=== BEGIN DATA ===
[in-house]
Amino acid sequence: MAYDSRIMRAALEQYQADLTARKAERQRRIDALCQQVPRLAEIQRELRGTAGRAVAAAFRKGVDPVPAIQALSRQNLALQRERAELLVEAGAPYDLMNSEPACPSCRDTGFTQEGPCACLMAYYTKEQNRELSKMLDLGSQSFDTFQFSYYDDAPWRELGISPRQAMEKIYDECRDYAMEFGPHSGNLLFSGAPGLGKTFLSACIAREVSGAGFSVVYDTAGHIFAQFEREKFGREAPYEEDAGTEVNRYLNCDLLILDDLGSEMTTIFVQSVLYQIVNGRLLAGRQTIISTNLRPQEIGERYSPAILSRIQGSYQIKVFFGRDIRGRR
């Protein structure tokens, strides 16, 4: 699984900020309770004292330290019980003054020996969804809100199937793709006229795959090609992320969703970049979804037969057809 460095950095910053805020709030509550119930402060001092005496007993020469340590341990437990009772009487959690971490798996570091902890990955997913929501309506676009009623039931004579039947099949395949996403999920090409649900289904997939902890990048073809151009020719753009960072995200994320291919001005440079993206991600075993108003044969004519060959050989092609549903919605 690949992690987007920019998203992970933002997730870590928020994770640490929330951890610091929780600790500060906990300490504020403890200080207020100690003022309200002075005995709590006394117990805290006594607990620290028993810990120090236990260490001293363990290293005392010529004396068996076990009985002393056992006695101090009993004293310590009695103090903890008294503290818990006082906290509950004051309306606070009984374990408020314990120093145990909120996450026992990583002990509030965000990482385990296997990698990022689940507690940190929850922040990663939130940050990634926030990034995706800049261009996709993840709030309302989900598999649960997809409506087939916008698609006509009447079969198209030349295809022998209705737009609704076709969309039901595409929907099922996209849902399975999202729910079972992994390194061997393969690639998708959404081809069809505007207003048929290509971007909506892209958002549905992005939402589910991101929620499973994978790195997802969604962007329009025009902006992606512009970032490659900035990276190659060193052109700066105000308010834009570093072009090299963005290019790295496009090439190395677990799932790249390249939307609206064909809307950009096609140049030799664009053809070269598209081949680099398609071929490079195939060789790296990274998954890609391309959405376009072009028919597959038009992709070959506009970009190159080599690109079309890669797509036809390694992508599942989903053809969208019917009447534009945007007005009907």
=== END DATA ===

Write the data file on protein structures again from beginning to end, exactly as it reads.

[in-house]
Amino acid sequence: MAYDSRIMRAALEQYQADLTARKAERQRRIDALCQQVPRLAEIQRELRGTAGRAVAAAFRKGVDPVPAIQALSRQNLALQRERAELLVEAGAPYDLMNSEPACPSCRDTGFTQEGPCACLMAYYTKEQNRELSKMLDLGSQSFDTFQFSYYDDAPWRELGISPRQAMEKIYDECRDYAMEFGPHSGNLLFSGAPGLGKTFLSACIAREVSGAGFSVVYDTAGHIFAQFEREKFGREAPYEEDAGTEVNRYLNCDLLILDDLGSEMTTIFVQSVLYQIVNGRLLAGRQTIISTNLRPQEIGERYSPAILSRIQGSYQIKVFFGRDIRGRR
């Protein structure tokens, strides 16, 4: 699984900020309770004292330290019980003054020996969804809100199937793709006229795959090609992320969703970049979804037969057809 460095950095910053805020709030509550119930402060001092005496007993020469340590341990437990009772009487959690971490798996570091902890990955997913929501309506676009009623039931004579039947099949395949996403999920090409649900289904997939902890990048073809151009020719753009960072995200994320291919001005440079993206991600075993108003044969004519060959050989092609549903919605 690949992690987007920019998203992970933002997730870590928020994770640490929330951890610091929780600790500060906990300490504020403890200080207020100690003022309200002075005995709590006394117990805290006594607990620290028993810990120090236990260490001293363990290293005392010529004396068996076990009985002393056992006695101090009993004293310590009695103090903890008294503290818990006082906290509950004051309306606070009984374990408020314990120093145990909120996450026992990583002990509030965000990482385990296997990698990022689940507690940190929850922040990663939130940050990634926030990034995706800049261009996709993840709030309302989900598999649960997809409506087939916008698609006509009447079969198209030349295809022998209705737009609704076709969309039901595409929907099922996209849902399975999202729910079972992994390194061997393969690639998708959404081809069809505007207003048929290509971007909506892209958002549905992005939402589910991101929620499973994978790195997802969604962007329009025009902006992606512009970032490659900035990276190659060193052109700066105000308010834009570093072009090299963005290019790295496009090439190395677990799932790249390249939307609206064909809307950009096609140049030799664009053809070269598209081949680099398609071929490079195939060789790296990274998954890609391309959405376009072009028919597959038009992709070959506009970009190159080599690109079309890669797509036809390694992508599942989903053809969208019917009447534009945007007005009907």